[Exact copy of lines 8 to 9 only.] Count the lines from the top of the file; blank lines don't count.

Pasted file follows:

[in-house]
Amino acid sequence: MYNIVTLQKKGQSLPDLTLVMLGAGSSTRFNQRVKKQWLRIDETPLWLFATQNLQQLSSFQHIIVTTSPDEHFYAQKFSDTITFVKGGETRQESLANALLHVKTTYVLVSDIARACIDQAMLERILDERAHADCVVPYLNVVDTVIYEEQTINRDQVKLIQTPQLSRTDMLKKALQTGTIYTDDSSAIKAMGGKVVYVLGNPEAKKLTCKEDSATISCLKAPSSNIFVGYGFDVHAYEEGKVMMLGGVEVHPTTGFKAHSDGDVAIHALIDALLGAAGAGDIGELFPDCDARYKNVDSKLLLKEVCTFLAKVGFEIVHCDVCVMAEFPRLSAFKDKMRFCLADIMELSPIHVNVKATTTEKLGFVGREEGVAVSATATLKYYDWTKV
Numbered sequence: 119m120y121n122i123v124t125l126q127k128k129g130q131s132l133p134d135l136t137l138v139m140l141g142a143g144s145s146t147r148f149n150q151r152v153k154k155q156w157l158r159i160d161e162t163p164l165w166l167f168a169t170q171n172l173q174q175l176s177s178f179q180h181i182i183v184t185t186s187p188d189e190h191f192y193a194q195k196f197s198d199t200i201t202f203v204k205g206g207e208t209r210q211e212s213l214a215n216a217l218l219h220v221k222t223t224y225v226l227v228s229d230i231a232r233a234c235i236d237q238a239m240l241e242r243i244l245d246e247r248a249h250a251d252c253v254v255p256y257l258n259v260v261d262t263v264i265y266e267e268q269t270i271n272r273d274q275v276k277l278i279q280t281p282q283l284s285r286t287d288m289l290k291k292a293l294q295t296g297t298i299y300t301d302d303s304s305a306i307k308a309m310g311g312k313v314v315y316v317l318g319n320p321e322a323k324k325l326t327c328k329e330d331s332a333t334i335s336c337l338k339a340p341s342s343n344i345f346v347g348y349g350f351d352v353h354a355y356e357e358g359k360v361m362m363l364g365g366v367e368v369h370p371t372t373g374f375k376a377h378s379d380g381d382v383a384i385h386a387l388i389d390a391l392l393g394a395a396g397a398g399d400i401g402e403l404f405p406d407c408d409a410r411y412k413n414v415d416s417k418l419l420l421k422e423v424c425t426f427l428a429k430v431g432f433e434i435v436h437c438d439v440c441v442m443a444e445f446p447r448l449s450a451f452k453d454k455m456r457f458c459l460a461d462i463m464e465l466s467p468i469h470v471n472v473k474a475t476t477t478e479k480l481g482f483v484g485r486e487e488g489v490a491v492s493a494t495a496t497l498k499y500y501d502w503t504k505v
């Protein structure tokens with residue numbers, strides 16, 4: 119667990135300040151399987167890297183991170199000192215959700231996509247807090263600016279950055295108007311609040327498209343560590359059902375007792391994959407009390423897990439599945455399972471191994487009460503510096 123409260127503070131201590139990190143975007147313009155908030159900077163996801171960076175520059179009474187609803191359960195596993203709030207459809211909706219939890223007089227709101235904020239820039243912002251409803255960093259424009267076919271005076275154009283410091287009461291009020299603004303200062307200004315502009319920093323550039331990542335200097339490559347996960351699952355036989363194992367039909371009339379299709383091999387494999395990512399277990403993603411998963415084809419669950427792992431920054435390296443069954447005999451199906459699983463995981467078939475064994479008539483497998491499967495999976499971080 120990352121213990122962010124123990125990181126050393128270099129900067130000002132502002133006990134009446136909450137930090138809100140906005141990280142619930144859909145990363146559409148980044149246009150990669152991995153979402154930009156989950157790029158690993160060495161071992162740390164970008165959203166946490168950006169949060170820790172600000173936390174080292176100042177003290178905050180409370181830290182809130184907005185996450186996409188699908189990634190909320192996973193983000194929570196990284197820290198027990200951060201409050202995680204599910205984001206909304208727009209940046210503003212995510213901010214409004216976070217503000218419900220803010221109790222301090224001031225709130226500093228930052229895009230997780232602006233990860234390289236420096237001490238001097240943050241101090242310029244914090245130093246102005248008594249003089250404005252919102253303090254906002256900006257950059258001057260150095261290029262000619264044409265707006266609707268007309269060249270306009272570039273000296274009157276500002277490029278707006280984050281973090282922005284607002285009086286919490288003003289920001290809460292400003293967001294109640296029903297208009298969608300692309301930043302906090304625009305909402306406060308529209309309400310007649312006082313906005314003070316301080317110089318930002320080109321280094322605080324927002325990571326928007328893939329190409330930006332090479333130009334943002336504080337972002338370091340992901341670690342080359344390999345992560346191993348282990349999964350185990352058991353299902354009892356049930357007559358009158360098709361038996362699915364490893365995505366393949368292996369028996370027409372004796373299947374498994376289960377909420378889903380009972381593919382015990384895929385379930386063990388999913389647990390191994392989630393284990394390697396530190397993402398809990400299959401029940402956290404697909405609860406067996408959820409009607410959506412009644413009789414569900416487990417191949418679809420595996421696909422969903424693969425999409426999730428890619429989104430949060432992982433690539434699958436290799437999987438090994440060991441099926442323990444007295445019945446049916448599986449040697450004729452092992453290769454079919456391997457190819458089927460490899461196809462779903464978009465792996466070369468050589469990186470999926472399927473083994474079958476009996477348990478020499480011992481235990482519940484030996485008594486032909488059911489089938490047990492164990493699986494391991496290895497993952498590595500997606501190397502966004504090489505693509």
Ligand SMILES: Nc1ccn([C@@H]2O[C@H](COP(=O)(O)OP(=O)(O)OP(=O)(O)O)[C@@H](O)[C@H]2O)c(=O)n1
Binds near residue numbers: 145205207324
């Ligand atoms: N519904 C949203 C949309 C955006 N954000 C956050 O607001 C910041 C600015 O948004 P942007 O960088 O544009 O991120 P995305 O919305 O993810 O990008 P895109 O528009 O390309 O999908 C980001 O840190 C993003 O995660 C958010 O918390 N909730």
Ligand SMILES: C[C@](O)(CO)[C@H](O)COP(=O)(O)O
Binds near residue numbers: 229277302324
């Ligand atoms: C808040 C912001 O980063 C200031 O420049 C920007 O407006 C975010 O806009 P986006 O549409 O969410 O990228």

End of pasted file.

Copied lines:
Ligand SMILES: C[C@](O)(CO)[C@H](O)COP(=O)(O)O
Binds near residue numbers: 229277302324